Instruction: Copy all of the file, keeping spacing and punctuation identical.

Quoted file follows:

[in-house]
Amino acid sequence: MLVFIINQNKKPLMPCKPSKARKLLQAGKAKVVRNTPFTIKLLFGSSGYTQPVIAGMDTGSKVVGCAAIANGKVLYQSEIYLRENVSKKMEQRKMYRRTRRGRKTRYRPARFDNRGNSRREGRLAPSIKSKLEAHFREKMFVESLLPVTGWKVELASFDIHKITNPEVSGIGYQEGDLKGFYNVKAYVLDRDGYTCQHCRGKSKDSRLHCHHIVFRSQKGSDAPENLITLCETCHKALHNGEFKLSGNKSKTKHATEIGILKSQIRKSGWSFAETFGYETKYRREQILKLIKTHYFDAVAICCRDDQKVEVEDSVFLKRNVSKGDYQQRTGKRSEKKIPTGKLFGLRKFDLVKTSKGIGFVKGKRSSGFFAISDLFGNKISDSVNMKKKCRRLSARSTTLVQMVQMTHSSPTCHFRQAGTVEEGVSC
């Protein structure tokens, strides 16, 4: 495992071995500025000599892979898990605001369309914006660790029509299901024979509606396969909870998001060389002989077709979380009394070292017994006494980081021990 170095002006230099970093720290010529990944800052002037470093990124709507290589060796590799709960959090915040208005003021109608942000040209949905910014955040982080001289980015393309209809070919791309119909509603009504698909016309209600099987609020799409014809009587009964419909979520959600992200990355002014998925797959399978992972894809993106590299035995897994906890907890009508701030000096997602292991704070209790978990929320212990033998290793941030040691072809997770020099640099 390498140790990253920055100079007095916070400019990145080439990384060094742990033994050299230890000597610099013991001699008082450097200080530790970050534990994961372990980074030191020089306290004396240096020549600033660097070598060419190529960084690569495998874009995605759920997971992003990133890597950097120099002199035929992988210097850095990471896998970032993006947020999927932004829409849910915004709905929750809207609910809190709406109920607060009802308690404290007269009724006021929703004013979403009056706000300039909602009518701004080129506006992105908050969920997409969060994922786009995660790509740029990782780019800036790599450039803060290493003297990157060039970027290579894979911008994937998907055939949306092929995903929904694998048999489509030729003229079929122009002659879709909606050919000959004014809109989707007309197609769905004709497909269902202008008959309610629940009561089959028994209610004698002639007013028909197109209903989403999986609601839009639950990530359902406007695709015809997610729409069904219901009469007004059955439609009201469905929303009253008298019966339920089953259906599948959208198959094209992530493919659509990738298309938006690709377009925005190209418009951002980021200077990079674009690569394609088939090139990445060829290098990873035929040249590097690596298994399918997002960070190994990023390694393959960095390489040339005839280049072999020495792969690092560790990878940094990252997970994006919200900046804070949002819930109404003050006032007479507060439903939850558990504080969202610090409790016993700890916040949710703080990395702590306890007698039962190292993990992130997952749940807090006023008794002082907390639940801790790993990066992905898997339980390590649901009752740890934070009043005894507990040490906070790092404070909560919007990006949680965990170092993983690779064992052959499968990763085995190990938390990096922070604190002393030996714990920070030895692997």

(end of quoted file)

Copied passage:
[in-house]
Amino acid sequence: MLVFIINQNKKPLMPCKPSKARKLLQAGKAKVVRNTPFTIKLLFGSSGYTQPVIAGMDTGSKVVGCAAIANGKVLYQSEIYLRENVSKKMEQRKMYRRTRRGRKTRYRPARFDNRGNSRREGRLAPSIKSKLEAHFREKMFVESLLPVTGWKVELASFDIHKITNPEVSGIGYQEGDLKGFYNVKAYVLDRDGYTCQHCRGKSKDSRLHCHHIVFRSQKGSDAPENLITLCETCHKALHNGEFKLSGNKSKTKHATEIGILKSQIRKSGWSFAETFGYETKYRREQILKLIKTHYFDAVAICCRDDQKVEVEDSVFLKRNVSKGDYQQRTGKRSEKKIPTGKLFGLRKFDLVKTSKGIGFVKGKRSSGFFAISDLFGNKISDSVNMKKKCRRLSARSTTLVQMVQMTHSSPTCHFRQAGTVEEGVSC
């Protein structure tokens, strides 16, 4: 495992071995500025000599892979898990605001369309914006660790029509299901024979509606396969909870998001060389002989077709979380009394070292017994006494980081021990 170095002006230099970093720290010529990944800052002037470093990124709507290589060796590799709960959090915040208005003021109608942000040209949905910014955040982080001289980015393309209809070919791309119909509603009504698909016309209600099987609020799409014809009587009964419909979520959600992200990355002014998925797959399978992972894809993106590299035995897994906890907890009508701030000096997602292991704070209790978990929320212990033998290793941030040691072809997770020099640099 390498140790990253920055100079007095916070400019990145080439990384060094742990033994050299230890000597610099013991001699008082450097200080530790970050534990994961372990980074030191020089306290004396240096020549600033660097070598060419190529960084690569495998874009995605759920997971992003990133890597950097120099002199035929992988210097850095990471896998970032993006947020999927932004829409849910915004709905929750809207609910809190709406109920607060009802308690404290007269009724006021929703004013979403009056706000300039909602009518701004080129506006992105908050969920997409969060994922786009995660790509740029990782780019800036790599450039803060290493003297990157060039970027290579894979911008994937998907055939949306092929995903929904694998048999489509030729003229079929122009002659879709909606050919000959004014809109989707007309197609769905004709497909269902202008008959309610629940009561089959028994209610004698002639007013028909197109209903989403999986609601839009639950990530359902406007695709015809997610729409069904219901009469007004059955439609009201469905929303009253008298019966339920089953259906599948959208198959094209992530493919659509990738298309938006690709377009925005190209418009951002980021200077990079674009690569394609088939090139990445060829290098990873035929040249590097690596298994399918997002960070190994990023390694393959960095390489040339005839280049072999020495792969690092560790990878940094990252997970994006919200900046804070949002819930109404003050006032007479507060439903939850558990504080969202610090409790016993700890916040949710703080990395702590306890007698039962190292993990992130997952749940807090006023008794002082907390639940801790790993990066992905898997339980390590649901009752740890934070009043005894507990040490906070790092404070909560919007990006949680965990170092993983690779064992052959499968990763085995190990938390990096922070604190002393030996714990920070030895692997």